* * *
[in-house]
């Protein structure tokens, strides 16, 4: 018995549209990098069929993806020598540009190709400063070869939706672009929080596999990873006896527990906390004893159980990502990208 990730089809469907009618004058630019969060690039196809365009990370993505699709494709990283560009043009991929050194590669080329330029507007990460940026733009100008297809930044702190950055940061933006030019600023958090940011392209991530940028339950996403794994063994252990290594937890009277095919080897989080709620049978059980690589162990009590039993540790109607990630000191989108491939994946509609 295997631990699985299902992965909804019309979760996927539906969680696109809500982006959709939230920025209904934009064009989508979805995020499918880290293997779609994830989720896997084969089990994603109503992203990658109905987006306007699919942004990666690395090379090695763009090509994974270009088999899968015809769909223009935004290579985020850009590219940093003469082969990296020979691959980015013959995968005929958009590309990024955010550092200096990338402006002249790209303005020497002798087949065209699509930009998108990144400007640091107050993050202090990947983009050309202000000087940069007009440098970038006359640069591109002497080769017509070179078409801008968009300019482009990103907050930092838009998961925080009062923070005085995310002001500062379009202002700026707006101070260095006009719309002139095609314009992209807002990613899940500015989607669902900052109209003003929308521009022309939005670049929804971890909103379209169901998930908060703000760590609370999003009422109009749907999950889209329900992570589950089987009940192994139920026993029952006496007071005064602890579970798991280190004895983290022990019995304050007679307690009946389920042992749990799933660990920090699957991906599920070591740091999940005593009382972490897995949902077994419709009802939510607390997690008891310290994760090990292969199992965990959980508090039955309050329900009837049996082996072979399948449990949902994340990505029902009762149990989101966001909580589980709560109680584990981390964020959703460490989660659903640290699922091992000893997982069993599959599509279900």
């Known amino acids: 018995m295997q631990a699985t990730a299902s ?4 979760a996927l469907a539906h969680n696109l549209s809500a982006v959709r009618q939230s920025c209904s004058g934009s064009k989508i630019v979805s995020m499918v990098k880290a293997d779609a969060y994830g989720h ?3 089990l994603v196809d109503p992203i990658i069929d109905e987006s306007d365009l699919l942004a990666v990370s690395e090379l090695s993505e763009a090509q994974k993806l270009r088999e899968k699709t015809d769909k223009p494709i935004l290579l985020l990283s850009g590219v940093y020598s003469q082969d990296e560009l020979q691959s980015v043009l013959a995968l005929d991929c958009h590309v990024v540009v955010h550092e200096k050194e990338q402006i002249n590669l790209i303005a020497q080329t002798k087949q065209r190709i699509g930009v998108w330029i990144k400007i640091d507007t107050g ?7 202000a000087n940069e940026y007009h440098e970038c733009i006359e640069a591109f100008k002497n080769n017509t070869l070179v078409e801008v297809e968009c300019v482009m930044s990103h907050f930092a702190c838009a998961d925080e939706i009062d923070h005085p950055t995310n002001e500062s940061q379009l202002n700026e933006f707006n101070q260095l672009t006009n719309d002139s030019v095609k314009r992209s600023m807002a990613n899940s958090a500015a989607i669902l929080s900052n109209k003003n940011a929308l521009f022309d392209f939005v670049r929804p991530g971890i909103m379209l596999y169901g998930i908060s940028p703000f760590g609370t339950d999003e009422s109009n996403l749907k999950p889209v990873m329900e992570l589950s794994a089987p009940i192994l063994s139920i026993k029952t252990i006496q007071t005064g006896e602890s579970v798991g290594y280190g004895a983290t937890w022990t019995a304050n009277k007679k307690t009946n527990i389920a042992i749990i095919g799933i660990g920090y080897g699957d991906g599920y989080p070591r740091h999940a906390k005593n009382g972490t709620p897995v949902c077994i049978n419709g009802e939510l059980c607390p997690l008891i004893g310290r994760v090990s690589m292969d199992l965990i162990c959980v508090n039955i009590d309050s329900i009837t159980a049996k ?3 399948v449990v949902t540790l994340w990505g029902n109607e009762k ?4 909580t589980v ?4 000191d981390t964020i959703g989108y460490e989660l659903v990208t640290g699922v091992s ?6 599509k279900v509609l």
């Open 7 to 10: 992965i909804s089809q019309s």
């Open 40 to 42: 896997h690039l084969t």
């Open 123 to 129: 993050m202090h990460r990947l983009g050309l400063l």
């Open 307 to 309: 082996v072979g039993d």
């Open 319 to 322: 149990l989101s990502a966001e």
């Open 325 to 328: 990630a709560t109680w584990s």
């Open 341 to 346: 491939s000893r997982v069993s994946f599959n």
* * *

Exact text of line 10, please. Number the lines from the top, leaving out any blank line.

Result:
């Open 341 to 346: 491939s000893r997982v069993s994946f599959n």